| The Detroit News
Detroit — Shortstop Willi Castro is the wrong guy to make snap judgements on.
You see him come up and struggle mightily in the field and at the plate in 30 games in September of 2019 and you figure he can’t play at the big-league level. Then he comes back the next season and in 36 games posts the second-best rookie season in Tigers’ franchise history, finishing fourth in the American League rookie-of-the-year balloting.
Can’t play, huh?
Same with his personality and demeanor. It may seem, because he’s a gentle soul, quiet, polite, easy going off the field, that he lacks intensity. Wrong. The competitive fires burn hot in this 25-year-old, as former manager Ron Gardenhire found out after he told Castro at the end of summer camp that he didn’t make the opening day roster.
Castro was, to keep it PG-13, livid. In fact, Castro points to that meeting as the trigger for his eventual success last season.
“I got really locked in when I got called into the office and told I was going to start in Toledo,” he said in Zoom call Wednesday from Lakeland, Florida. “I was not really happy with that. I know I did a good job.”
He did. After hitting .308 in the abbreviated Grapefruit League season, he was hitting the ball all over the yard in summer camp scrimmages, hitting .320. By all rights, Castro should have started the season in the big leagues.
But he had minor-league options left and Dawel Lugo did not. Niko Goodrum had already been given the shortstop job after last season and veteran Jordy Mercer was signed to be the primary back-up. And besides, whoever had that last roster spot wasn’t going to play much. Castro, the Tigers said, would be better off getting regular work at the alternate site.
That he was an innocent victim of the numbers game did not assuage Castro’s grief one bit.
“But I stayed with a focused mind,” Castro said. “I went down there and had good at-bats and worked hard so I could get back to the bigs. And that’s what happened. I kept my routine going, kept my focus and had a good year.”
A really good year — well, a really good partial year. The switch-hitter slashed .349/.381/.550 with six home runs and an OPS-plus of 150. But, it’s a 36-game, 140-plate appearance sample, less than a quarter of a full regular season. And though he took some strides defensively, he still finished with a minus-7 in defensive runs saved. Of his five errors, four were throwing errors.
“The main thing is the defensive side,” he said. “I still got to learn more. The throwing, I struggled with that a little bit. But it’s something I can change. I know I can fix that. As a player you are going to struggle with some stuff. I know I can fix that.”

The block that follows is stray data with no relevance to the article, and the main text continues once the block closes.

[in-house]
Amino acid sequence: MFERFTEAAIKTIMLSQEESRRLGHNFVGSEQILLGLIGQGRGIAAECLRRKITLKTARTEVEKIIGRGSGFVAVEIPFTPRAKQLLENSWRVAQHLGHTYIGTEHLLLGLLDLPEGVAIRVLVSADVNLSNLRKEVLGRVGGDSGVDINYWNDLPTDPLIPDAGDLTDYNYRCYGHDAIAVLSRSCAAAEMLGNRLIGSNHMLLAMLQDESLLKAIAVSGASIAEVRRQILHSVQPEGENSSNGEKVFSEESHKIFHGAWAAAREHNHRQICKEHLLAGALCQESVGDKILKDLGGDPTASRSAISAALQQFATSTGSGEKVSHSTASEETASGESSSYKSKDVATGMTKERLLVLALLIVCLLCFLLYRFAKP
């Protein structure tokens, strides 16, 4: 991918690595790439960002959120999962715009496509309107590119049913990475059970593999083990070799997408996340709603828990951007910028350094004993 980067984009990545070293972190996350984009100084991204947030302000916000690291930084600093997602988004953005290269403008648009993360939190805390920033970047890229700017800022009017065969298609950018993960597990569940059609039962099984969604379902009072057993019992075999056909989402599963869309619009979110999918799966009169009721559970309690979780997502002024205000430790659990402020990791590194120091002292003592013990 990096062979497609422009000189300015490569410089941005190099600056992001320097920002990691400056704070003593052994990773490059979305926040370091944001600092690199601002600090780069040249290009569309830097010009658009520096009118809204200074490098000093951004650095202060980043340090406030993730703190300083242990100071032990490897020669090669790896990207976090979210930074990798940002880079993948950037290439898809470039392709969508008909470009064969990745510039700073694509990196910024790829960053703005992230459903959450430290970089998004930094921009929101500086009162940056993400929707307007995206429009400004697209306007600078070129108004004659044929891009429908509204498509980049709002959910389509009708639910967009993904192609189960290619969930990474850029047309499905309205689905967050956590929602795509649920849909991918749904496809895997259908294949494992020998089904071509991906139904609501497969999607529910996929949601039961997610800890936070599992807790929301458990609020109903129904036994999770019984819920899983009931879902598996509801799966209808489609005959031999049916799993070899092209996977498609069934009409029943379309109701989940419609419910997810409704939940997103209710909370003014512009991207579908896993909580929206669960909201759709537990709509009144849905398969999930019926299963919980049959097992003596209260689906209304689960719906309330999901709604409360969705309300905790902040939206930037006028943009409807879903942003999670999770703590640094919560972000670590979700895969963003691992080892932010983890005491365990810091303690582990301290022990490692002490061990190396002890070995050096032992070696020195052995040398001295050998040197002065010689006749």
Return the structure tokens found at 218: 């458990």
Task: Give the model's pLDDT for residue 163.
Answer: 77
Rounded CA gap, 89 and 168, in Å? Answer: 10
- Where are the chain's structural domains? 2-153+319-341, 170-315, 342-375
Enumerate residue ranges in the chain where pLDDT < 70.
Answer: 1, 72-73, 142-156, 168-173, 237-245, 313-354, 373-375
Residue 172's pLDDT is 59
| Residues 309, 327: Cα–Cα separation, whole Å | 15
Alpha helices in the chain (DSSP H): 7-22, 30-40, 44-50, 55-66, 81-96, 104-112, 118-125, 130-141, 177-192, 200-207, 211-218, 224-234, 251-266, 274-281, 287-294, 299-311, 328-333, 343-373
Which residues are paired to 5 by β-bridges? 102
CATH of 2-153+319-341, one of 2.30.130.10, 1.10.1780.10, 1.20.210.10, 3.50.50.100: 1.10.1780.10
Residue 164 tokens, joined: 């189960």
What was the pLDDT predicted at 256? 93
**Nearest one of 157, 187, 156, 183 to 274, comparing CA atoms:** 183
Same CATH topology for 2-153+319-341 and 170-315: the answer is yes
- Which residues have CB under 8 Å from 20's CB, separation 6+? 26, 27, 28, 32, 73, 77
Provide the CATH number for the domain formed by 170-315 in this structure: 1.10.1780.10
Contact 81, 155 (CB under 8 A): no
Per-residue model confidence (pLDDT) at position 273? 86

The throwing errors, as he and infield coach Ramon Santiago have both explained, are related to footwork and mechanics — and confidence — more than any lack of arm strength.
“When I have a good position with my legs, I’m always going to make a good throw,” he said. “I think there were times when I was afraid of making a bad throw. But I just tried to keep that out of my mind and in the last few games I threw the ball a lot better.”
He was playing with soreness in his right shoulder, too, he acknowledged Wednesday. He finished the season on the injured list and has been resting and rehabbing the last two months. He said he’s ready to resume throwing but the Tigers have asked him not to play winter ball and just work on his strength and conditioning.
“It feels way better now,” he said.
Castro will come to spring training in February (pandemic willing) having to prove himself to a third different manager and coaching staff in four years — from Terry Francona in 2018, to Ron Gardenhire the last two years and now AJ Hinch.
“Yeah, I was excited,” he said about the Hinch hiring. “I look forward to meeting him.”
Interesting and perhaps telling, the only member of the new coaching staff to reach out to Castro thus far has been third base coach Chip Hale. Certainly he has an ally in returning first-base coach Santiago, but he’s yet to talk or text with Hinch.
Although Hinch has talked about the value of Goodrum being able to play multiple positions — similar to what Marwin Gonzalez and Yuli Gurriel did for him in Houston — Castro said he’s not been giving any assurances about returning as the starting shortstop.
“You never know what’s going to happen,” Castro said. “I’m just looking forward to coming in with a better mindset, come in stronger and be more successful. I am going to prepare to have a really good spring training.”
That’s the political answer. The truer answer, if Castro would let his fiery side talk, would probably sound more like — It’s my job; you’re going have to fight me for it.